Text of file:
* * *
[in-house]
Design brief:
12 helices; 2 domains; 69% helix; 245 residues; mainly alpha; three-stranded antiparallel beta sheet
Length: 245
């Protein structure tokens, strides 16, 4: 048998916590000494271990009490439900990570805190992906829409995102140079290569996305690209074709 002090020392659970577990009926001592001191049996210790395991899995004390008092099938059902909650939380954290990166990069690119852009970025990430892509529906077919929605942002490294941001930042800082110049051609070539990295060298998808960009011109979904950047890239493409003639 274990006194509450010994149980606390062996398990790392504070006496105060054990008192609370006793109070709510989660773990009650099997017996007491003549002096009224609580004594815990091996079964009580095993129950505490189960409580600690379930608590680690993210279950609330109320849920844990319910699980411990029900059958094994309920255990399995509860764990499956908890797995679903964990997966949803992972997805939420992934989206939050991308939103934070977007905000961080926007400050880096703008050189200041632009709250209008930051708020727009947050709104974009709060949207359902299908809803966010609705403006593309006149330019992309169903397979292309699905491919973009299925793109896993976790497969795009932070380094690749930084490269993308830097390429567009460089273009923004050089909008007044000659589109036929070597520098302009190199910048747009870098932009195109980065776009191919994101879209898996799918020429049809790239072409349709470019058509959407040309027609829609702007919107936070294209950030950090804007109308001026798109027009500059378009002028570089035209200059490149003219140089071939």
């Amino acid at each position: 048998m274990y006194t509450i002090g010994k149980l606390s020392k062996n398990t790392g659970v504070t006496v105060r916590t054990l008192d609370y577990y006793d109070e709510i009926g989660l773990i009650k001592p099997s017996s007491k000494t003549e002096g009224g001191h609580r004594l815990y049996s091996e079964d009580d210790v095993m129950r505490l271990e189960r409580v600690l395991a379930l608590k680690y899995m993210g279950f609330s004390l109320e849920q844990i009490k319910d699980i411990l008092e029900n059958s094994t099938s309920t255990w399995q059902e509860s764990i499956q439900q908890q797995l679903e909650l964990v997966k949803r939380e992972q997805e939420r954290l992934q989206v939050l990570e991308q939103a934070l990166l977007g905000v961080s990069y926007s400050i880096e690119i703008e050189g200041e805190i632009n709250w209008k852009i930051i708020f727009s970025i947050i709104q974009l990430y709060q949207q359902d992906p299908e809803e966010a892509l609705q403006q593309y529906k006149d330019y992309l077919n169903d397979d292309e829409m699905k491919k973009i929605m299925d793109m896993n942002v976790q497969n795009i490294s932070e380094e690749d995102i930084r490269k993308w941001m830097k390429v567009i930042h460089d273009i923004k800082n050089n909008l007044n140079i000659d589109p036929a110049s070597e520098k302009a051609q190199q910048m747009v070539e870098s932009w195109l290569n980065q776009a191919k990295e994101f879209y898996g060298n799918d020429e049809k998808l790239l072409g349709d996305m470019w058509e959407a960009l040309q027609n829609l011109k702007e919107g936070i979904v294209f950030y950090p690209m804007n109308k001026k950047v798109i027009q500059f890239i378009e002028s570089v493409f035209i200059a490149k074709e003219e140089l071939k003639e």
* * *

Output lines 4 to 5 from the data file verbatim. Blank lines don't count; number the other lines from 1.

Length: 245
């Protein structure tokens, strides 16, 4: 048998916590000494271990009490439900990570805190992906829409995102140079290569996305690209074709 002090020392659970577990009926001592001191049996210790395991899995004390008092099938059902909650939380954290990166990069690119852009970025990430892509529906077919929605942002490294941001930042800082110049051609070539990295060298998808960009011109979904950047890239493409003639 274990006194509450010994149980606390062996398990790392504070006496105060054990008192609370006793109070709510989660773990009650099997017996007491003549002096009224609580004594815990091996079964009580095993129950505490189960409580600690379930608590680690993210279950609330109320849920844990319910699980411990029900059958094994309920255990399995509860764990499956908890797995679903964990997966949803992972997805939420992934989206939050991308939103934070977007905000961080926007400050880096703008050189200041632009709250209008930051708020727009947050709104974009709060949207359902299908809803966010609705403006593309006149330019992309169903397979292309699905491919973009299925793109896993976790497969795009932070380094690749930084490269993308830097390429567009460089273009923004050089909008007044000659589109036929070597520098302009190199910048747009870098932009195109980065776009191919994101879209898996799918020429049809790239072409349709470019058509959407040309027609829609702007919107936070294209950030950090804007109308001026798109027009500059378009002028570089035209200059490149003219140089071939």